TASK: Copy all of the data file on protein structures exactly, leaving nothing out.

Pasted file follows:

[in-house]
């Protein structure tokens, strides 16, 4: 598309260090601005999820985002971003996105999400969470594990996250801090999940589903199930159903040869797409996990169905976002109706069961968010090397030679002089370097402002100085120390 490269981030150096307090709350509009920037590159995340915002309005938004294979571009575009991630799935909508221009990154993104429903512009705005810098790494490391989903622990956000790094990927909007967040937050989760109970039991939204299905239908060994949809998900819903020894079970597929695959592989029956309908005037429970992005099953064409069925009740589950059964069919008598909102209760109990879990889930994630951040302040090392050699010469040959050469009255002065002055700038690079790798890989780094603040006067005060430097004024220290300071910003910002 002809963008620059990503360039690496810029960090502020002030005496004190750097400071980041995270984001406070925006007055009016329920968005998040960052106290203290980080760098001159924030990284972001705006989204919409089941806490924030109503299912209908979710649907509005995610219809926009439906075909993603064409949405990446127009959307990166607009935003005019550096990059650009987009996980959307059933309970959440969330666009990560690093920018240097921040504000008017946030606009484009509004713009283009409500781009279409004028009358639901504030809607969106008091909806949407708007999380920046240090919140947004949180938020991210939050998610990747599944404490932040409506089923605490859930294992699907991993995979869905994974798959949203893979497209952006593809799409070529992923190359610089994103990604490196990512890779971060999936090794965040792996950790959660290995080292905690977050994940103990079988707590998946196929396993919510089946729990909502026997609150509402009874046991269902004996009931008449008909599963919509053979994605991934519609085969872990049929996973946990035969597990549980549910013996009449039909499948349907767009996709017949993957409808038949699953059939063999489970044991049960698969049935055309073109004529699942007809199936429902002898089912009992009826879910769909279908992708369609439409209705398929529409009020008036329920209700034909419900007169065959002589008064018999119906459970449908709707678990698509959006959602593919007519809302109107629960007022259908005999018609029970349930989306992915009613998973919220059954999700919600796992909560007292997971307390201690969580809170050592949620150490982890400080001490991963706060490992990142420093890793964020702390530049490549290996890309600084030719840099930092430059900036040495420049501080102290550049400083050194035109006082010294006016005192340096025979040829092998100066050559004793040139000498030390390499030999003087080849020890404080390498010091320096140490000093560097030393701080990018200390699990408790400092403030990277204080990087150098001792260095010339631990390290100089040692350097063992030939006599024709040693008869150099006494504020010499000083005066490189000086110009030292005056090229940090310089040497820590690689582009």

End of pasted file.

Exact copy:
[in-house]
């Protein structure tokens, strides 16, 4: 598309260090601005999820985002971003996105999400969470594990996250801090999940589903199930159903040869797409996990169905976002109706069961968010090397030679002089370097402002100085120390 490269981030150096307090709350509009920037590159995340915002309005938004294979571009575009991630799935909508221009990154993104429903512009705005810098790494490391989903622990956000790094990927909007967040937050989760109970039991939204299905239908060994949809998900819903020894079970597929695959592989029956309908005037429970992005099953064409069925009740589950059964069919008598909102209760109990879990889930994630951040302040090392050699010469040959050469009255002065002055700038690079790798890989780094603040006067005060430097004024220290300071910003910002 002809963008620059990503360039690496810029960090502020002030005496004190750097400071980041995270984001406070925006007055009016329920968005998040960052106290203290980080760098001159924030990284972001705006989204919409089941806490924030109503299912209908979710649907509005995610219809926009439906075909993603064409949405990446127009959307990166607009935003005019550096990059650009987009996980959307059933309970959440969330666009990560690093920018240097921040504000008017946030606009484009509004713009283009409500781009279409004028009358639901504030809607969106008091909806949407708007999380920046240090919140947004949180938020991210939050998610990747599944404490932040409506089923605490859930294992699907991993995979869905994974798959949203893979497209952006593809799409070529992923190359610089994103990604490196990512890779971060999936090794965040792996950790959660290995080292905690977050994940103990079988707590998946196929396993919510089946729990909502026997609150509402009874046991269902004996009931008449008909599963919509053979994605991934519609085969872990049929996973946990035969597990549980549910013996009449039909499948349907767009996709017949993957409808038949699953059939063999489970044991049960698969049935055309073109004529699942007809199936429902002898089912009992009826879910769909279908992708369609439409209705398929529409009020008036329920209700034909419900007169065959002589008064018999119906459970449908709707678990698509959006959602593919007519809302109107629960007022259908005999018609029970349930989306992915009613998973919220059954999700919600796992909560007292997971307390201690969580809170050592949620150490982890400080001490991963706060490992990142420093890793964020702390530049490549290996890309600084030719840099930092430059900036040495420049501080102290550049400083050194035109006082010294006016005192340096025979040829092998100066050559004793040139000498030390390499030999003087080849020890404080390498010091320096140490000093560097030393701080990018200390699990408790400092403030990277204080990087150098001792260095010339631990390290100089040692350097063992030939006599024709040693008869150099006494504020010499000083005066490189000086110009030292005056090229940090310089040497820590690689582009």